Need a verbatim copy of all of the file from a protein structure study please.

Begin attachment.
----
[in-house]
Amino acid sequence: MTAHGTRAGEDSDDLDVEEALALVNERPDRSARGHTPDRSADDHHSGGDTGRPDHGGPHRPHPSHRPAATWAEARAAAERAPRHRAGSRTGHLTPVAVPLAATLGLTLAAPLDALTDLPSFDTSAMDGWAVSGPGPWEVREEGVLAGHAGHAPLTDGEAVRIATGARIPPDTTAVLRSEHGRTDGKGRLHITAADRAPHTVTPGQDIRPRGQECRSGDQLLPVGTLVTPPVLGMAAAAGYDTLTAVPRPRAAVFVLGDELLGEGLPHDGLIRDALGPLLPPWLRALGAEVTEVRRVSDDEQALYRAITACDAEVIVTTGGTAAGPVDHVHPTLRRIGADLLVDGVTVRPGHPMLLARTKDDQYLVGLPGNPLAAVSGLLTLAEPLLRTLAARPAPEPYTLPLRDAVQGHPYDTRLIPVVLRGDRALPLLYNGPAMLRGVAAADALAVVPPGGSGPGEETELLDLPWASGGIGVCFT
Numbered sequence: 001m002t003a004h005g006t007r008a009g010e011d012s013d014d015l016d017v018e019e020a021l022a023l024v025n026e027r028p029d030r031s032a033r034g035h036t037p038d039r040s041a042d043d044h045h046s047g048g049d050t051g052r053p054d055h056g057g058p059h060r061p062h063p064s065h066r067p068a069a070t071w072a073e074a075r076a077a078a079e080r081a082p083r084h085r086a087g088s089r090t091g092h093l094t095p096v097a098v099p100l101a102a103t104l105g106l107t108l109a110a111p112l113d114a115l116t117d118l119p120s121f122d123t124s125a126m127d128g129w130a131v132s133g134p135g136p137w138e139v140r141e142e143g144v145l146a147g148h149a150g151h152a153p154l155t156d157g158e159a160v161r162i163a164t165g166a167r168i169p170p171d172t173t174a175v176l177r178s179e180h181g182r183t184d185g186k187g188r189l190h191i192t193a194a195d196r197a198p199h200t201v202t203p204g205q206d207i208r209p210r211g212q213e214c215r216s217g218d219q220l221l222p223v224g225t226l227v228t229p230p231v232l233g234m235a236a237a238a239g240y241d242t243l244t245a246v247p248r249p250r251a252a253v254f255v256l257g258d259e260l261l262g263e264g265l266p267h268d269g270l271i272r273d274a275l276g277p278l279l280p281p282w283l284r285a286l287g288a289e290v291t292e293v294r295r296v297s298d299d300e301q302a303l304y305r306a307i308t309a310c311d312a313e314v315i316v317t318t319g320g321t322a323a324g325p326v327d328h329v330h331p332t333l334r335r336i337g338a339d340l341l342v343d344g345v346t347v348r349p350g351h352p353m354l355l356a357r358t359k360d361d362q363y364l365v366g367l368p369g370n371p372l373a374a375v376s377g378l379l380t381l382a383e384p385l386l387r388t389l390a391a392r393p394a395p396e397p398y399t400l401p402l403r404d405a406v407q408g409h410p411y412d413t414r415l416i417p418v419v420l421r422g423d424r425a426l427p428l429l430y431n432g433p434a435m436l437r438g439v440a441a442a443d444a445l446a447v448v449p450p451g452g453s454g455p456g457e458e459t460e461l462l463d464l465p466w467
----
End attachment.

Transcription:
[in-house]
Amino acid sequence: MTAHGTRAGEDSDDLDVEEALALVNERPDRSARGHTPDRSADDHHSGGDTGRPDHGGPHRPHPSHRPAATWAEARAAAERAPRHRAGSRTGHLTPVAVPLAATLGLTLAAPLDALTDLPSFDTSAMDGWAVSGPGPWEVREEGVLAGHAGHAPLTDGEAVRIATGARIPPDTTAVLRSEHGRTDGKGRLHITAADRAPHTVTPGQDIRPRGQECRSGDQLLPVGTLVTPPVLGMAAAAGYDTLTAVPRPRAAVFVLGDELLGEGLPHDGLIRDALGPLLPPWLRALGAEVTEVRRVSDDEQALYRAITACDAEVIVTTGGTAAGPVDHVHPTLRRIGADLLVDGVTVRPGHPMLLARTKDDQYLVGLPGNPLAAVSGLLTLAEPLLRTLAARPAPEPYTLPLRDAVQGHPYDTRLIPVVLRGDRALPLLYNGPAMLRGVAAADALAVVPPGGSGPGEETELLDLPWASGGIGVCFT
Numbered sequence: 001m002t003a004h005g006t007r008a009g010e011d012s013d014d015l016d017v018e019e020a021l022a023l024v025n026e027r028p029d030r031s032a033r034g035h036t037p038d039r040s041a042d043d044h045h046s047g048g049d050t051g052r053p054d055h056g057g058p059h060r061p062h063p064s065h066r067p068a069a070t071w072a073e074a075r076a077a078a079e080r081a082p083r084h085r086a087g088s089r090t091g092h093l094t095p096v097a098v099p100l101a102a103t104l105g106l107t108l109a110a111p112l113d114a115l116t117d118l119p120s121f122d123t124s125a126m127d128g129w130a131v132s133g134p135g136p137w138e139v140r141e142e143g144v145l146a147g148h149a150g151h152a153p154l155t156d157g158e159a160v161r162i163a164t165g166a167r168i169p170p171d172t173t174a175v176l177r178s179e180h181g182r183t184d185g186k187g188r189l190h191i192t193a194a195d196r197a198p199h200t201v202t203p204g205q206d207i208r209p210r211g212q213e214c215r216s217g218d219q220l221l222p223v224g225t226l227v228t229p230p231v232l233g234m235a236a237a238a239g240y241d242t243l244t245a246v247p248r249p250r251a252a253v254f255v256l257g258d259e260l261l262g263e264g265l266p267h268d269g270l271i272r273d274a275l276g277p278l279l280p281p282w283l284r285a286l287g288a289e290v291t292e293v294r295r296v297s298d299d300e301q302a303l304y305r306a307i308t309a310c311d312a313e314v315i316v317t318t319g320g321t322a323a324g325p326v327d328h329v330h331p332t333l334r335r336i337g338a339d340l341l342v343d344g345v346t347v348r349p350g351h352p353m354l355l356a357r358t359k360d361d362q363y364l365v366g367l368p369g370n371p372l373a374a375v376s377g378l379l380t381l382a383e384p385l386l387r388t389l390a391a392r393p394a395p396e397p398y399t400l401p402l403r404d405a406v407q408g409h410p411y412d413t414r415l416i417p418v419v420l421r422g423d424r425a426l427p428l429l430y431n432g433p434a435m436l437r438g439v440a441a442a443d444a445l446a447v448v449p450p451g452g453s454g455p456g457e458e459t460e461l462l463d464l465p466w467